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Discussion Starter · #1 ·
Ok , here it goes. Other than a handful of verbal instructions from mom through a few teachers , I have not had much instructions on what makes good clothing good verses why this is good and that bad . I am not too concerned about appearance here , this is more about this one will save your life and this will have you in hypothermia before you can get a fire started . Functionality, durability, which to get and why . Thanks in advance for any input . Rain gear through mittens and more, let's have it !
 

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I'm tagging or at least going to say I'll say more later today.
You want advice on what to stock up on for later?
Any climate? Or specific?
I gather from rain gear and mittens we're talking Fall Winter and Early Spring?
Home stead? Truck? Or Outdoor living?
General purpose?
 

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Discussion Starter · #3 ·
Mostly concerned with outdoor, cooler to cold , think Arkansas cold not Alaska or northern Minnesota cold . Wet weather and suitable all around weather. I have heard that blue jeans /denim is a fail as far as many were concerned but yet I don't know why . I have worn jeans in many conditions. I don't know what else I am missing. The heavier denim that is treated with a waterproofing aerosol spray , works quite well as far as I was concerned even in a hard rain which I have used at work but usually this is not for extended periods mostly less than a hour. I'm sure that there is probably better gear but not sure what it is. I'm sure that it's probably a get what you pay for as well. I want to be able to be outdoors and be capable of surviving a few days, be it dry, rain , snow. If I need to carry a small pack of clothing so be it .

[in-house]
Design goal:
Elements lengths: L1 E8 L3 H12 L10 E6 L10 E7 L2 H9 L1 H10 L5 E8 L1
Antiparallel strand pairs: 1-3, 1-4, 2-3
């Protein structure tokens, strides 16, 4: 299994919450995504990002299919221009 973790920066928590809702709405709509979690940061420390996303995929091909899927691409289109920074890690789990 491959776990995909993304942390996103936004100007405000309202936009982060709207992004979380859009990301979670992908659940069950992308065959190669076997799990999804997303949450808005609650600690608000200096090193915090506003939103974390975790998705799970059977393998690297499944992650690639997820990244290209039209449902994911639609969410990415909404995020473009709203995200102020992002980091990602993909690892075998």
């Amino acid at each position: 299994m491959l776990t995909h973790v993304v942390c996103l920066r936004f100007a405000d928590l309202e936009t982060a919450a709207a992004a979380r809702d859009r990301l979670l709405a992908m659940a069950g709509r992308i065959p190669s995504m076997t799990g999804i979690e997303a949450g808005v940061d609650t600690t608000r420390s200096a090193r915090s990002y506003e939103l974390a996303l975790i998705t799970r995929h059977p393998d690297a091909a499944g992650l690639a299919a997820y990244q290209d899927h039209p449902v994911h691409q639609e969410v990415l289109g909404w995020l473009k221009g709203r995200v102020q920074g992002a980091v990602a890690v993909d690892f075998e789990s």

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For cold weather, nothing beats God's designs.
With a little help from mankind, comes wool.
Wool will keep you warm even if it s soaking wet, at 40 below zero.
Then comes leather, fur, hides and skins. Seal skin boots, gloves, pants etc are water proof.
Mankind has survived for thousands of years using these items only.
 

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You know, if I were to recommend just one article of clothing for its universal functionality it would be overalls. All those big pockets front and back and the various, pockets of various configuration on the bib, pockets on the side of the leg, or straps or loops that will hold or suspend stuff there. When you couple all of those gear carrying and concealing possibilities with the fact that they do not require a heavy duty belt tightly around your waist or a set of suspenders in my estimation it's like I just hit an inside the park home run. They are roomy enough to wear thermal long johns underneath and nothing prevents heavy outerwear or raingear being worn over them.
 

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For your outdoor leather boots and shoes keep them conditioned so they maintain their waterproof characteristics. Many suitable products that incorporate mink oil, beeswax, petroleum products, or various other ingredients that if properly used will greatly extend their service life and the wearer's comfort. I currently have a leather conditioner from Red Wing. Other brands are also perfectly fine.